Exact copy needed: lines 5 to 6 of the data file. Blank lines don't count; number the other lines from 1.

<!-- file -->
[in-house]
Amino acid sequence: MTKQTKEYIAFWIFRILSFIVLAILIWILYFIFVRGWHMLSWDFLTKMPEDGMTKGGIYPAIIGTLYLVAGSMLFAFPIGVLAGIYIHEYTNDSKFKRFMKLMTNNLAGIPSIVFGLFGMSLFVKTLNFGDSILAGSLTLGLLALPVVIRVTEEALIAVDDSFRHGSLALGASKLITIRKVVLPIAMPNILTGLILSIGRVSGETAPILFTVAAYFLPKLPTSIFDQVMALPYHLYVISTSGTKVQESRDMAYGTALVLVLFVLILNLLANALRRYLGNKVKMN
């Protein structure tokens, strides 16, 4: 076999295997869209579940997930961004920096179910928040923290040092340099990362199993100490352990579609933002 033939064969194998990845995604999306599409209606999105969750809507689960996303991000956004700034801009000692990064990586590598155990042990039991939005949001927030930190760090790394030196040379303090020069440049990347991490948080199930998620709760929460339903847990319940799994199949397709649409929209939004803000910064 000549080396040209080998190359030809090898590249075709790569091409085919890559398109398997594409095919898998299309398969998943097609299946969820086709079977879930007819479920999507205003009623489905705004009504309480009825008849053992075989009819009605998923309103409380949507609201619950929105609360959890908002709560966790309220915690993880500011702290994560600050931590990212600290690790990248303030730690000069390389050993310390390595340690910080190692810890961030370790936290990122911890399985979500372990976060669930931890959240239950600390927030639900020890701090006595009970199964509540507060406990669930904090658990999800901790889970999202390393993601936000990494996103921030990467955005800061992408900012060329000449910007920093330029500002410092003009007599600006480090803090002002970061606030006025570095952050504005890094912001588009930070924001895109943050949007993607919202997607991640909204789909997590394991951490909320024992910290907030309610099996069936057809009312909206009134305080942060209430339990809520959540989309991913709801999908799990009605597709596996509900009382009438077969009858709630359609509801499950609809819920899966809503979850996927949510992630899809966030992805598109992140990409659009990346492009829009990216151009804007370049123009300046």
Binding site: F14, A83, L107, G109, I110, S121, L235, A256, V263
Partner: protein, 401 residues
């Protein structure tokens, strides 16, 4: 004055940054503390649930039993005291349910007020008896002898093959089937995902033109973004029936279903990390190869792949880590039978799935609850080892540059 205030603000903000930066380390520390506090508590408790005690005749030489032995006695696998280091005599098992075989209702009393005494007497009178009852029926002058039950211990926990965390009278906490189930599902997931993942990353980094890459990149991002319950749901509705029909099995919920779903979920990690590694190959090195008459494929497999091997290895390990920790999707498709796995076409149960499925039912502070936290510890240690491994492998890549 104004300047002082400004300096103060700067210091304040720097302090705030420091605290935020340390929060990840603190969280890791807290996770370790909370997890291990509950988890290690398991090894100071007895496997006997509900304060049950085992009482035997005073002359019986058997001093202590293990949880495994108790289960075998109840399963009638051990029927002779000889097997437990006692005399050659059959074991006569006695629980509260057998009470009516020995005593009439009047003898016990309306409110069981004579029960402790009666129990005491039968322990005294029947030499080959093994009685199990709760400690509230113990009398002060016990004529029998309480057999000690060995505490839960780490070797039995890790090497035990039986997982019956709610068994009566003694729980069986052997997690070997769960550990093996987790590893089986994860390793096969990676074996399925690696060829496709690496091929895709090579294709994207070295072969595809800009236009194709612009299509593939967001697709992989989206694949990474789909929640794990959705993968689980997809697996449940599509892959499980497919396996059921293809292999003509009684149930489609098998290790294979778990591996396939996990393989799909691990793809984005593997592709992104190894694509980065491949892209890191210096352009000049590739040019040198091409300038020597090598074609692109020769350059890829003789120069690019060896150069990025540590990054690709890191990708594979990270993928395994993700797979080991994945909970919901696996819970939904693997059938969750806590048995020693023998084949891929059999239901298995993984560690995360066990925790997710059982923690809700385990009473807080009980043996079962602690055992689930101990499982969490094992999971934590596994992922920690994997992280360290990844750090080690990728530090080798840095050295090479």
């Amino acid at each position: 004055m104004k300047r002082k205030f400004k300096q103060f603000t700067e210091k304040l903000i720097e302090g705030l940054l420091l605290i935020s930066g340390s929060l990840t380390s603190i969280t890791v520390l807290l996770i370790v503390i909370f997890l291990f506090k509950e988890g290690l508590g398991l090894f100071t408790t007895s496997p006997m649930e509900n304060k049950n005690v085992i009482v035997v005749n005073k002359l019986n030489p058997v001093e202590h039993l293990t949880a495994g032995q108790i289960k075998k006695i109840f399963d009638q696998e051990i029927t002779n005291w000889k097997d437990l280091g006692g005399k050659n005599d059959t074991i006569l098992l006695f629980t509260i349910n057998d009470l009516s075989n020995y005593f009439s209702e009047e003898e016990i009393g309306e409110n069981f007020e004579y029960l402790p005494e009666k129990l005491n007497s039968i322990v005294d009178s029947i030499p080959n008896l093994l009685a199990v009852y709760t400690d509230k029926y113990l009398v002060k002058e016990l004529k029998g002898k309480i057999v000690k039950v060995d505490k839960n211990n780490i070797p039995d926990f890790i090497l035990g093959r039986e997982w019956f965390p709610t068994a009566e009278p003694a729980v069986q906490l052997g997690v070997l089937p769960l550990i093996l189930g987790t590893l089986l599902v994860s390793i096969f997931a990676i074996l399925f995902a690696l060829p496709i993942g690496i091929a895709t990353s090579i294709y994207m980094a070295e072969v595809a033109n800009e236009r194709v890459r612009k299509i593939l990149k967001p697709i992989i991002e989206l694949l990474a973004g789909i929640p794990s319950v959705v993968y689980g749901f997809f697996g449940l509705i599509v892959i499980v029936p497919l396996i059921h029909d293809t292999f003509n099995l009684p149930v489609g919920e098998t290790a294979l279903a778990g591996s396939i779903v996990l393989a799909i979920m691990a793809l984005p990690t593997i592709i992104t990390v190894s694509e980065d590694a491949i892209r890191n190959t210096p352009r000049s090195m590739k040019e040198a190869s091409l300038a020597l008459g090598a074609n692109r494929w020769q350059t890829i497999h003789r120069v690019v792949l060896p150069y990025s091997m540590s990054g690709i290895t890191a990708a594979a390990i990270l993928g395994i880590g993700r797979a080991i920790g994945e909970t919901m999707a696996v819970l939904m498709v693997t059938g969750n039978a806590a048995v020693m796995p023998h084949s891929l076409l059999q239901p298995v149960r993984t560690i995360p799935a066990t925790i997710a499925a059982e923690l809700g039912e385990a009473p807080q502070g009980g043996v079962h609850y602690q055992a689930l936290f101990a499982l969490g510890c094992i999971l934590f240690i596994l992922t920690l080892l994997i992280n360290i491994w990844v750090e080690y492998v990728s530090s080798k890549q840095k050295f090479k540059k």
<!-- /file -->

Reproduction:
Partner: protein, 401 residues
């Protein structure tokens, strides 16, 4: 004055940054503390649930039993005291349910007020008896002898093959089937995902033109973004029936279903990390190869792949880590039978799935609850080892540059 205030603000903000930066380390520390506090508590408790005690005749030489032995006695696998280091005599098992075989209702009393005494007497009178009852029926002058039950211990926990965390009278906490189930599902997931993942990353980094890459990149991002319950749901509705029909099995919920779903979920990690590694190959090195008459494929497999091997290895390990920790999707498709796995076409149960499925039912502070936290510890240690491994492998890549 104004300047002082400004300096103060700067210091304040720097302090705030420091605290935020340390929060990840603190969280890791807290996770370790909370997890291990509950988890290690398991090894100071007895496997006997509900304060049950085992009482035997005073002359019986058997001093202590293990949880495994108790289960075998109840399963009638051990029927002779000889097997437990006692005399050659059959074991006569006695629980509260057998009470009516020995005593009439009047003898016990309306409110069981004579029960402790009666129990005491039968322990005294029947030499080959093994009685199990709760400690509230113990009398002060016990004529029998309480057999000690060995505490839960780490070797039995890790090497035990039986997982019956709610068994009566003694729980069986052997997690070997769960550990093996987790590893089986994860390793096969990676074996399925690696060829496709690496091929895709090579294709994207070295072969595809800009236009194709612009299509593939967001697709992989989206694949990474789909929640794990959705993968689980997809697996449940599509892959499980497919396996059921293809292999003509009684149930489609098998290790294979778990591996396939996990393989799909691990793809984005593997592709992104190894694509980065491949892209890191210096352009000049590739040019040198091409300038020597090598074609692109020769350059890829003789120069690019060896150069990025540590990054690709890191990708594979990270993928395994993700797979080991994945909970919901696996819970939904693997059938969750806590048995020693023998084949891929059999239901298995993984560690995360066990925790997710059982923690809700385990009473807080009980043996079962602690055992689930101990499982969490094992999971934590596994992922920690994997992280360290990844750090080690990728530090080798840095050295090479």